Jean-Sébastien Dupont's practice focusses on litigation in the areas of trade-marks and patents. He regularly conducts legal research, particularly relating to trade-mark and patent law, and is involved in drafting statements of claim and various motions, including motions for leave to appeal to the Supreme Court. He also has significant experience in the preparation of written submissions to the Federal Court of Appeal.
Mr. Dupont's technical background is in computer science. He completed a three-year CEGEP program as first in his class and subsequently worked as a quality assurance analyst in a software engineering firm before pursuing legal studies.
In 2008, Mr. Dupont completed introductory courses in Chinese law at the China University of Political Science and Law in Beijing. He received numerous awards and accolades from the Université de Montréal during the course of his legal studies. In his final year of law school, Mr. Dupont acted as a research assistant to a Justice of the Quebec Court of Appeal.
Mr. Dupont was awarded a First Class grade from the University of Cambridge for his Master of Law thesis, which focussed on the notion of trade-mark use and addressed the issue of invisible use of trade-marks in meta tags and keyword advertising, as well as the subliminal use of trade-marks in new marketing techniques.
Phostech Lithium Inc v Valence Technology Inc, 2011 FCA 107 — With François Guay and Jeremy Want, successfully represented Phostech Lithium Inc. in having the Federal Court of Appeal stay the execution of the Federal Court judgment in a patent infringement case, thus allowing Phostech's 50 factory employees on the South Shore of Montreal to resume work.
UGroupMedia Inc v Bell Canada Inc, Quebec Superior Court 500-17-062683-100 — With Daniel Drapeau, successfully represented Bell Canada in opposing motions for an interim injunction and safeguard measures seeking to prevent Bell from offering its free Magic Santa interactive Christmas cards for kids based on copyright infringement allegations.
Year of Call
Canada has historically been a much less active jurisdiction for patent litigation compared to the United States, which can be explained in part by the simple fact that the US market is almost 10 times the size of the Canadian market. However, there are a few notable differences in the procedure and substantive law applied in both jurisdictions that have resulted in Canada becoming an increasingly attractive option for high-stakes patent litigation in recent years.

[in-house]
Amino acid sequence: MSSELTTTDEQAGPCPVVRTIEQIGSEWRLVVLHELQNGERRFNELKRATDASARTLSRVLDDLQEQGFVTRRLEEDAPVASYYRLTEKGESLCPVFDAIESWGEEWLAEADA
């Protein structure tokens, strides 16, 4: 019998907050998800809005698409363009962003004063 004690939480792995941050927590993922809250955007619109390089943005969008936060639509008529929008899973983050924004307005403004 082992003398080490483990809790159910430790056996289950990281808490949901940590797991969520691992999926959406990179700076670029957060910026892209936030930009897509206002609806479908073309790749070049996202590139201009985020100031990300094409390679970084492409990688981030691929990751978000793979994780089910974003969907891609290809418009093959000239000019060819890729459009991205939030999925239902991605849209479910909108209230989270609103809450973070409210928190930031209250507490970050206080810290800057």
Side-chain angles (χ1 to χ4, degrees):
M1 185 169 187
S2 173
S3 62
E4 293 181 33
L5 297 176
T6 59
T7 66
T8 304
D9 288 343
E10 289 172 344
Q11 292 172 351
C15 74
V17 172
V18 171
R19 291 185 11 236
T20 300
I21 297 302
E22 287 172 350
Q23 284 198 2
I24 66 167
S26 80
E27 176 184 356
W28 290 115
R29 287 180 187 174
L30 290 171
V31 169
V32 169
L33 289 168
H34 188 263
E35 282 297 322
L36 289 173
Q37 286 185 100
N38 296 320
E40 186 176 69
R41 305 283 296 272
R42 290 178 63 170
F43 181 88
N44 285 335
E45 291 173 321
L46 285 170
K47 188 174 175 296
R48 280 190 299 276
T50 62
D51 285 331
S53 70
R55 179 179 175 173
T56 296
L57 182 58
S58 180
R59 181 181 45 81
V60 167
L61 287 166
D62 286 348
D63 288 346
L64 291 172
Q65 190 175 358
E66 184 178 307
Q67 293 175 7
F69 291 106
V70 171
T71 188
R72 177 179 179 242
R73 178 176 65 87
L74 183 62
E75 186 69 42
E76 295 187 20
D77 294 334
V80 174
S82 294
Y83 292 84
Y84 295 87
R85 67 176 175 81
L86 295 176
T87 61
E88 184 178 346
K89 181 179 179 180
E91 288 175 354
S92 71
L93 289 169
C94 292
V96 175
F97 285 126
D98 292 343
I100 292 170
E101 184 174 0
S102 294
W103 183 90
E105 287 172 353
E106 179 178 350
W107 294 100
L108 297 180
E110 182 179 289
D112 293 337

The Federal Court of Appeal recently dismissed an appeal against an interlocutory injunction directed at retailers of set-top boxes that are configured or 'pre-loaded' with various applications that provide their users with unauthorised access to copyrighted television content. In particular, the court held that it was open to the motion judge to infer that purchasers of pre-loaded set-top boxes had an incentive to cancel their subscription with the plaintiffs permanently.
The Federal Court recently confirmed that Imperial Tobacco is entitled to elect an accounting of Philip Morris's profits resulting from the infringement of its rights in the MARLBORO trademark in Canada. This decision will likely become significant precedent for Canadian litigants, as this was the first opportunity in decades for the Federal Court to conduct an in-depth assessment of the issue of entitlement to profits in the trademark context.
Employees are the source of some of their employer's most valuable intangible assets, including its IP assets. It is paramount for businesses to ensure that they own the IP assets generated by their employees. The rules that apply to employer-employee relationships vary greatly between copyright, patents and industrial designs. Businesses should ensure that contracts include clauses pertaining to the transfer of IP rights.
The attorney general of Quebec, who represents the Office québécois de la langue française), has filed a notice of appeal of the Quebec Superior Court decision confirming that businesses can continue using their registered trademarks on public signs outside their premises in the province of Quebec without the need to add French generic language.
On April 9 2014 the Quebec Superior Court issued its long-awaited decision in the matter of the interpretation of Quebec's French Charter and its interplay with trademarks. The court confirmed that businesses can continue to use their registered trademarks on public signs outside their premises in the Province of Quebec without the need to add French generic language.
The Federal Court recently found the COHIBA trademarks for cigars and cigarillos to be well known and iconic in Canada based on expert evidence establishing use of the brand in media, including film, television, music and print. Trademark owners could now use this evidence to establish a brand's reputation and strengthen its scope of protection.
The International Trademark Association (INTA) has been granted leave by the Quebec Superior Court to intervene in a declaratory judgment proceeding pertaining to the interplay between Quebec's Charter of the French Language and trademarks.